Reimagining Indigenous Jewelry

“Nawa means many things in T’Boli… one’s character or emotions. It could also mean ‘breath’, and in Tagalog it can mean ‘Amen’ or ‘let it be’. We created Nawa to showcase the amazing talent that comes from handmade Filipino jewelry. Around the Philippines, there’s so much talent to be tapped.”

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School Teacher Creates Toy Line To Help Fund Mother’s Cancer Treatment

 “My proudest moment is the time we were featured on TV. And when we watched the show, with my mom and dad beside us, my mom was just staring at the TV. I think she was thinking, ‘Are these my daughters? Are they really there, talking about our story?’ My parents really felt like we were doing something good.”

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How to drive a business by creating a people-centred workplace

“Back when I started the business, it was pretty tough. I was really just getting by and at the time I had a young boy to support. Actually, quite honestly I could have made more money more easily by working for someone else, but this didn’t matter because I was doing what I love. I love books, and I love the sort of interaction that I have with people here. I used to work really long hours. When you own a business, you really are at risk of it becoming your whole life. So I began to pull back and develop more systems for training staff. That was when I came to understand that well trained staff are a powerful asset.”

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Millenial brings easy 3D printing to the Philippines

“We see all this loss of opportunity, because people tell me ‘I don’t know how to do 3D design. I’m not an architect, I’m not an engineer. Where do we go from here?’ And if the average person can’t do it, how can we say we’re empowering the average Filipino?”

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Surviving in a dying industry with powerful customer service

“My parents trained me to be kind to customers. There are many kinds of customers. Some are very rude, but you have to stay cool. When I do business, I do business honestly, and give prices that are fair. If I buy something wholesale at $5 and sell it at $10, but the customer is willing to buy it at a discount, then negotiate a discount. You have to give them a bargain and always be flexible with your prices. As much as possible, if people come in, I don’t want them to leave empty-handed. As much as possible, I want to sell them something.”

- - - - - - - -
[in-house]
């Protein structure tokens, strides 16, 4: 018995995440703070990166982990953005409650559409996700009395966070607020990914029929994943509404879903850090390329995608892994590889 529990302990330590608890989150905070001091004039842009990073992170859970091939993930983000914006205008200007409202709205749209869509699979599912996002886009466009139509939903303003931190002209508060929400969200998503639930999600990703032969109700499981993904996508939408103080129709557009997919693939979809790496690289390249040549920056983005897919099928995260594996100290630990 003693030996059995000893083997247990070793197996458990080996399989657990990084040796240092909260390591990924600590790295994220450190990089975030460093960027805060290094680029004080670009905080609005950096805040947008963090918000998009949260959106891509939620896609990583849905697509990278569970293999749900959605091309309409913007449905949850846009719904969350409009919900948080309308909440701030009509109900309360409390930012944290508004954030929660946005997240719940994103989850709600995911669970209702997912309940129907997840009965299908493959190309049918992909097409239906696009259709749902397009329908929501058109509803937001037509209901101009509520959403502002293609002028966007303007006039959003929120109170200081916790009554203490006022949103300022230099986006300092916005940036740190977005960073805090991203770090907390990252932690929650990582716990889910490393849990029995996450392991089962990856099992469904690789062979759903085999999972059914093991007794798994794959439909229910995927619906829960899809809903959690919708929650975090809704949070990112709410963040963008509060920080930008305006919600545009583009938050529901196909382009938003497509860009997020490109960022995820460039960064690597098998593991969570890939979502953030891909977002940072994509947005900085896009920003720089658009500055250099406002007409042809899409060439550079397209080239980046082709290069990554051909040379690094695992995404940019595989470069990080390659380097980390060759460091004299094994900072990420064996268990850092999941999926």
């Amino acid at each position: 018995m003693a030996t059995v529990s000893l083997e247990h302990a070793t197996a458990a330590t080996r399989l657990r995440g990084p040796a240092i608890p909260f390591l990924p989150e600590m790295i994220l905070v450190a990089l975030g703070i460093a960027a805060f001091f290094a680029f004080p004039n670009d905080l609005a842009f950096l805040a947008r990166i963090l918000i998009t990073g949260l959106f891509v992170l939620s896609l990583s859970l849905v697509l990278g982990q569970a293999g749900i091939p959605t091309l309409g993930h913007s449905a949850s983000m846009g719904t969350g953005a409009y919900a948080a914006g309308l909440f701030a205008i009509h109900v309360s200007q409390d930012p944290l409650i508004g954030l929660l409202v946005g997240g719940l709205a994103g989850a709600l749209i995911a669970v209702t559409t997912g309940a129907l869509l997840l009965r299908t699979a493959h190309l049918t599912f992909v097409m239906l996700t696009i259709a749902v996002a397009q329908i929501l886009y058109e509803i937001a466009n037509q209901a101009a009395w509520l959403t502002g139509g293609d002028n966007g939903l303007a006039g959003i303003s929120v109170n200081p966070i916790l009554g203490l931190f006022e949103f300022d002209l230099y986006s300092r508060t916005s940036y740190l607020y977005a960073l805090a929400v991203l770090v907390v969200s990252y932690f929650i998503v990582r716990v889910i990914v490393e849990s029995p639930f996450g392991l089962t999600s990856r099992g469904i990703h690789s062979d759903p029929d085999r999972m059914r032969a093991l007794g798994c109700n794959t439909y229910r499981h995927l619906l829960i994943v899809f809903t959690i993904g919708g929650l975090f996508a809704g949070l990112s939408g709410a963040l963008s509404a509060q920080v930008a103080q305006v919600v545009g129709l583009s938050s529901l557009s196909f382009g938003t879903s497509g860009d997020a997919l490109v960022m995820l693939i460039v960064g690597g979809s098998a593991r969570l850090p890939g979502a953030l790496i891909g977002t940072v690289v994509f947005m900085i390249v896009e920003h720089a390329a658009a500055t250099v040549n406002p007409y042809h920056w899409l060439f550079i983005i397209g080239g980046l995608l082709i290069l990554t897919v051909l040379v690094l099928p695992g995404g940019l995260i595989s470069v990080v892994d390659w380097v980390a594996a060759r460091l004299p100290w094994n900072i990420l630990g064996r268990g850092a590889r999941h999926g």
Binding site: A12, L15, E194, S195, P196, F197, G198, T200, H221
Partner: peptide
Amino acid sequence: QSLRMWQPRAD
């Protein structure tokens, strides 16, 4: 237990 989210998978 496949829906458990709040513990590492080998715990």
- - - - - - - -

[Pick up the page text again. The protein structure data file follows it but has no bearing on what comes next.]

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The high cost of success: the story of Pizza Planet Glebe’s owner

“Every day back when I was in year 5 or 6, my dad would take us to the shop to open up before going to school around 6:00 in the morning. School was like a holiday for me, because I had to work as a kid. I loved school! After school my dad would pick us up and take us back to the shop to work until closing. I’ve been doing that for 14 years and it pretty much became my way of life, my second nature. Today, I have three boys and I would want to have something lined up for them which they could take over.”

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Filling a gap in the Philippine film industry

“This is something bigger than us. More than the profit, is the social impact: I want our company, our films, to address issues and actually provoke audiences into doing something about them.”

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High school friends become business partners to reinvent bagnet in Manila

“We had to build it from the ground up. We used things from our own houses for the first six months to pay off the construction. Even our rice cooker was a regular one, not the big one that other stalls used… It was a big jump. We didn’t realize how big it was. When we were signing the contract, we were just laughing, like… oh, this is real!”

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How one man is changing the business of retailing records

‘I’ve made money, lost money, bought houses, sold houses, now I’m 57, but the main thing is I don’t have a boss. I’m in control of my own business. And I am still tweaking it. Stopping now is not an option. It is worth it, but it could be worth even more.’

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